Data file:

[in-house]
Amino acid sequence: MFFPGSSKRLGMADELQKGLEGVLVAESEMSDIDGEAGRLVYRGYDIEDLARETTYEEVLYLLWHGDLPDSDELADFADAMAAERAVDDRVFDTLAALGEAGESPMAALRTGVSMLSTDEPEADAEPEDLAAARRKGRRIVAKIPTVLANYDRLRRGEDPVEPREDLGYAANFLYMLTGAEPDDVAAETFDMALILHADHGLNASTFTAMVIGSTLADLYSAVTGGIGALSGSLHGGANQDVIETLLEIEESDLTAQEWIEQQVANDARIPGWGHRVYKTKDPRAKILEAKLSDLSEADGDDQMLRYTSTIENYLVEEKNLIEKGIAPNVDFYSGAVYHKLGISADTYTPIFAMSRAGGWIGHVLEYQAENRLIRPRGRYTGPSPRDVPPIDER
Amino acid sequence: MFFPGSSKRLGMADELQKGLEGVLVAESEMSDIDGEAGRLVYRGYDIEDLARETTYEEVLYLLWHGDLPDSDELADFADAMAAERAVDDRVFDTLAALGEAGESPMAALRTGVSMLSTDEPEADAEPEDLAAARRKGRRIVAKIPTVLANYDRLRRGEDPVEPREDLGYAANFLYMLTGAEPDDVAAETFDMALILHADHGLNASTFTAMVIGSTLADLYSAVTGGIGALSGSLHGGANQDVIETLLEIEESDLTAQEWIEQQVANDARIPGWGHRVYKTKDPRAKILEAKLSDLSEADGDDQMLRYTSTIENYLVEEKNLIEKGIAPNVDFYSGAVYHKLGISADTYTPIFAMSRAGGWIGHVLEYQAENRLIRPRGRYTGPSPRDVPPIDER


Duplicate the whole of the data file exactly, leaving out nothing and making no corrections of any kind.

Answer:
[in-house]
Amino acid sequence: MFFPGSSKRLGMADELQKGLEGVLVAESEMSDIDGEAGRLVYRGYDIEDLARETTYEEVLYLLWHGDLPDSDELADFADAMAAERAVDDRVFDTLAALGEAGESPMAALRTGVSMLSTDEPEADAEPEDLAAARRKGRRIVAKIPTVLANYDRLRRGEDPVEPREDLGYAANFLYMLTGAEPDDVAAETFDMALILHADHGLNASTFTAMVIGSTLADLYSAVTGGIGALSGSLHGGANQDVIETLLEIEESDLTAQEWIEQQVANDARIPGWGHRVYKTKDPRAKILEAKLSDLSEADGDDQMLRYTSTIENYLVEEKNLIEKGIAPNVDFYSGAVYHKLGISADTYTPIFAMSRAGGWIGHVLEYQAENRLIRPRGRYTGPSPRDVPPIDER
Amino acid sequence: MFFPGSSKRLGMADELQKGLEGVLVAESEMSDIDGEAGRLVYRGYDIEDLARETTYEEVLYLLWHGDLPDSDELADFADAMAAERAVDDRVFDTLAALGEAGESPMAALRTGVSMLSTDEPEADAEPEDLAAARRKGRRIVAKIPTVLANYDRLRRGEDPVEPREDLGYAANFLYMLTGAEPDDVAAETFDMALILHADHGLNASTFTAMVIGSTLADLYSAVTGGIGALSGSLHGGANQDVIETLLEIEESDLTAQEWIEQQVANDARIPGWGHRVYKTKDPRAKILEAKLSDLSEADGDDQMLRYTSTIENYLVEEKNLIEKGIAPNVDFYSGAVYHKLGISADTYTPIFAMSRAGGWIGHVLEYQAENRLIRPRGRYTGPSPRDVPPIDER